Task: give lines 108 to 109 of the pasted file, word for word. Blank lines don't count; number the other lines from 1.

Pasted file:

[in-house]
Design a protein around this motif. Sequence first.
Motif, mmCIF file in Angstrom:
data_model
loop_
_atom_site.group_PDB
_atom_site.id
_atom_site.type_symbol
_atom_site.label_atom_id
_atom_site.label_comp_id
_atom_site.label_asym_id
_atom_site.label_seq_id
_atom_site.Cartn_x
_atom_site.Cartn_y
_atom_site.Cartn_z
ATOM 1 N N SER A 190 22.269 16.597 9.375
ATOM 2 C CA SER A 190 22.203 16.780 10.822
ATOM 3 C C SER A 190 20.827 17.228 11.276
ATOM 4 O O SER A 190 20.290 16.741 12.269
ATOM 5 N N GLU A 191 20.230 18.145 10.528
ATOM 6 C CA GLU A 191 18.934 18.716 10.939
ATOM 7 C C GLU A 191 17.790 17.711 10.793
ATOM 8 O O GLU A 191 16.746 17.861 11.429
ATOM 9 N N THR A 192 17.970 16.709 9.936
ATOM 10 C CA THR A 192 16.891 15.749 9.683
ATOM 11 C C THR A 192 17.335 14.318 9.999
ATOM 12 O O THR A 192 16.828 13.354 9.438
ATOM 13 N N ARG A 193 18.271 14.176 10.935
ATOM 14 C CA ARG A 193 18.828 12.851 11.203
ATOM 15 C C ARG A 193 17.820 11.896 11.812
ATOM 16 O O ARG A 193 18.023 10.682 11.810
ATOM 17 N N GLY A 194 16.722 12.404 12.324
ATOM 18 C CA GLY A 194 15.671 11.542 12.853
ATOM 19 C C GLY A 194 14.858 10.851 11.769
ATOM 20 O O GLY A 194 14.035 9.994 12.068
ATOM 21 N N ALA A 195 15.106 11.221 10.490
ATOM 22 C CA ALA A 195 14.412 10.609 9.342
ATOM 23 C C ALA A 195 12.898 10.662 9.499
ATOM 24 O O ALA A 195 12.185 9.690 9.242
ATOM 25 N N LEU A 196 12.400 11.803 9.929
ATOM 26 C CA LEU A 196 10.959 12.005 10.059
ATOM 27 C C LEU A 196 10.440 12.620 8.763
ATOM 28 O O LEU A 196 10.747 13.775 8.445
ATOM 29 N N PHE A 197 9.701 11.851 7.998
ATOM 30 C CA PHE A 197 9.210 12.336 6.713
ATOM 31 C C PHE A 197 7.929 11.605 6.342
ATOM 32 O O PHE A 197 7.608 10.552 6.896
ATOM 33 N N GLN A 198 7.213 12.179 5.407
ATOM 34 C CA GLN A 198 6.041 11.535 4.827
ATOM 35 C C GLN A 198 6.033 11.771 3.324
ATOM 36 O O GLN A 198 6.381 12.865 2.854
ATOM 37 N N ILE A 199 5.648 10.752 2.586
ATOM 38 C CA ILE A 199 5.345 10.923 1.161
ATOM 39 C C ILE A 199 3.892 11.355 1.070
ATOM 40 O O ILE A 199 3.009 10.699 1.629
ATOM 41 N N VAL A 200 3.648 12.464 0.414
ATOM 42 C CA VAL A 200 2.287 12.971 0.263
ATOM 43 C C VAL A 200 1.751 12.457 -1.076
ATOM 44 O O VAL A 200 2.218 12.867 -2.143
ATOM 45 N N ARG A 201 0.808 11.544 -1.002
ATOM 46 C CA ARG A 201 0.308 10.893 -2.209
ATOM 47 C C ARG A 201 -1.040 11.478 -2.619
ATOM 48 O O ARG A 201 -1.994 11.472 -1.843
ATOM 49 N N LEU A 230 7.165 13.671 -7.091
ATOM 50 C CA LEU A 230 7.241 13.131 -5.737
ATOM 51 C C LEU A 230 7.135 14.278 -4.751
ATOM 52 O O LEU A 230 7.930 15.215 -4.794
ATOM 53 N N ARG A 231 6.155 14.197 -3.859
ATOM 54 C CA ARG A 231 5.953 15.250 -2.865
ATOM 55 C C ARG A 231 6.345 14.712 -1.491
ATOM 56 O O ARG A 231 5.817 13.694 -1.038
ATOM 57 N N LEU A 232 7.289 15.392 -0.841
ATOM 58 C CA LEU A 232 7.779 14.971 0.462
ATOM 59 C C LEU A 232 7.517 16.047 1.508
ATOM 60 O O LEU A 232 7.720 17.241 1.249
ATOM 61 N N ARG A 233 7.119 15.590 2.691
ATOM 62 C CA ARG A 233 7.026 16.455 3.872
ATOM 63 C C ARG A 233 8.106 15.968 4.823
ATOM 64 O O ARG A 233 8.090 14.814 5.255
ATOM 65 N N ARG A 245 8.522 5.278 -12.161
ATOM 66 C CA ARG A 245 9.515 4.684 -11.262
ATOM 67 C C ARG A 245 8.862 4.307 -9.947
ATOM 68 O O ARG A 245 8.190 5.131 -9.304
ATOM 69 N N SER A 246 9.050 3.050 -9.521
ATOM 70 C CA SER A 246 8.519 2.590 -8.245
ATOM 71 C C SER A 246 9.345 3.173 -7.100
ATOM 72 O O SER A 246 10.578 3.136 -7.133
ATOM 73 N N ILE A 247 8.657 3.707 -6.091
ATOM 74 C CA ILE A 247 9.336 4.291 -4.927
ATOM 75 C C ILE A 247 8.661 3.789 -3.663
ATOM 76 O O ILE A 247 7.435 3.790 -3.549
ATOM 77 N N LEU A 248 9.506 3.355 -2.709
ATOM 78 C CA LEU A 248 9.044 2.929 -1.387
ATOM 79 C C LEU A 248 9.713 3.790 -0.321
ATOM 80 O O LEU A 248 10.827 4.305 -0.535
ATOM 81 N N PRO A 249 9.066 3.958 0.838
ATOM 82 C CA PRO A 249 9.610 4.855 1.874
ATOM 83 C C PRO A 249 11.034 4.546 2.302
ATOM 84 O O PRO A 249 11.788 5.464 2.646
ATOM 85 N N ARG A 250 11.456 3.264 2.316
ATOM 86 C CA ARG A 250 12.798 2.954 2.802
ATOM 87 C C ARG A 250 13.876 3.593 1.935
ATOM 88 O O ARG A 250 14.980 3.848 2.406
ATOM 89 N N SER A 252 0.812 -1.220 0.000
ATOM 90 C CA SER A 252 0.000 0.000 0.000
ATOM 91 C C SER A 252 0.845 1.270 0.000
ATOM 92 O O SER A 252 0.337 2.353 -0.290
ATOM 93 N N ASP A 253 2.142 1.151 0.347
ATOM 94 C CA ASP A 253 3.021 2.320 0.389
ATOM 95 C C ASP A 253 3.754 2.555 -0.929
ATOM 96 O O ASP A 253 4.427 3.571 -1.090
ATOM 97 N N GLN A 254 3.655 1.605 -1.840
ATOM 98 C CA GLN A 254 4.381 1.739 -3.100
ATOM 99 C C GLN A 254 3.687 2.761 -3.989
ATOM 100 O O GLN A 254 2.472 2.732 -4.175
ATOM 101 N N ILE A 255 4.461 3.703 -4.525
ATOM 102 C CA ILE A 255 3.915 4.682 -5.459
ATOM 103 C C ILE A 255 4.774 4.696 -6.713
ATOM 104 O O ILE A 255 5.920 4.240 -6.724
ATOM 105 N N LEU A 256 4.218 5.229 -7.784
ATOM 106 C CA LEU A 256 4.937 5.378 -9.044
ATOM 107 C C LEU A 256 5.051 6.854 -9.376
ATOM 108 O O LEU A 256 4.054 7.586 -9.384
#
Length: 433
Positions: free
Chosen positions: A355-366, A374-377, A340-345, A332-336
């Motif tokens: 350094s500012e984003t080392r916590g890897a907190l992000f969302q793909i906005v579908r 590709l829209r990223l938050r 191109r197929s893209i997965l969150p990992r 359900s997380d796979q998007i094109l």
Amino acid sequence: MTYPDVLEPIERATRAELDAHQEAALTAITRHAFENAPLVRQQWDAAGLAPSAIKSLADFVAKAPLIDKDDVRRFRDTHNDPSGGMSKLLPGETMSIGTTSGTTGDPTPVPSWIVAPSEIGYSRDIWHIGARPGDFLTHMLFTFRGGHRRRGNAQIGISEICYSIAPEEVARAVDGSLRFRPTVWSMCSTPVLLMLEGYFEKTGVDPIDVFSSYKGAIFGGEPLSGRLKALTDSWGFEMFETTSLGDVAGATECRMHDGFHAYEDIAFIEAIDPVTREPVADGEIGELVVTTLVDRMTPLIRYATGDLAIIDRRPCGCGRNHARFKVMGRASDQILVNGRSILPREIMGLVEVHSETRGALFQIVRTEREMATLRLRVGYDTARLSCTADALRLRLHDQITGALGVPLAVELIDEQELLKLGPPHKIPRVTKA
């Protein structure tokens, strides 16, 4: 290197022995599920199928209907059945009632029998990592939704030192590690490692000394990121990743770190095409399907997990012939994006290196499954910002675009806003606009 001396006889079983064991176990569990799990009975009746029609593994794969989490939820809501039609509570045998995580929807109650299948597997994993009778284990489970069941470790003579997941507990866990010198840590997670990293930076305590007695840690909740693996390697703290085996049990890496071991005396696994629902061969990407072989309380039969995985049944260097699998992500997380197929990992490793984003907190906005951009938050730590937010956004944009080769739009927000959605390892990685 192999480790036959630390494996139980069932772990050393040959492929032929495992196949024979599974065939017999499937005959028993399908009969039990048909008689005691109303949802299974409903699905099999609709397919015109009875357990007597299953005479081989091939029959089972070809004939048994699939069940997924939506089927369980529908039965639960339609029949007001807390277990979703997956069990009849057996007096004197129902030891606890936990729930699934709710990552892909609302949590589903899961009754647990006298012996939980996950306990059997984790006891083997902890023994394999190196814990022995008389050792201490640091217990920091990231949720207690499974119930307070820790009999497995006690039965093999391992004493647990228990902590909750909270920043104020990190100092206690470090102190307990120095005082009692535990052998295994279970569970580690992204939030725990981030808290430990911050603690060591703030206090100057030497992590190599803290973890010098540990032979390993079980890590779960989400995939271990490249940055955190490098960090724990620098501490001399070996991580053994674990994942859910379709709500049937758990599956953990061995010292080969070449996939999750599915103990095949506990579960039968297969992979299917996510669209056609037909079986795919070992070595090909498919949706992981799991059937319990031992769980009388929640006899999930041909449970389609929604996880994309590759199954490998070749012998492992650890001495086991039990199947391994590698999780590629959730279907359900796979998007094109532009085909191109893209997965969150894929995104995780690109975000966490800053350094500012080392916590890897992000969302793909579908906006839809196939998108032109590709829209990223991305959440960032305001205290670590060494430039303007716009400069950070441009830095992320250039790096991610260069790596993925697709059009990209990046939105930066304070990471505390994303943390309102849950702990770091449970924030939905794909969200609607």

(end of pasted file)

ATOM 93 N N ASP A 253 2.142 1.151 0.347
ATOM 94 C CA ASP A 253 3.021 2.320 0.389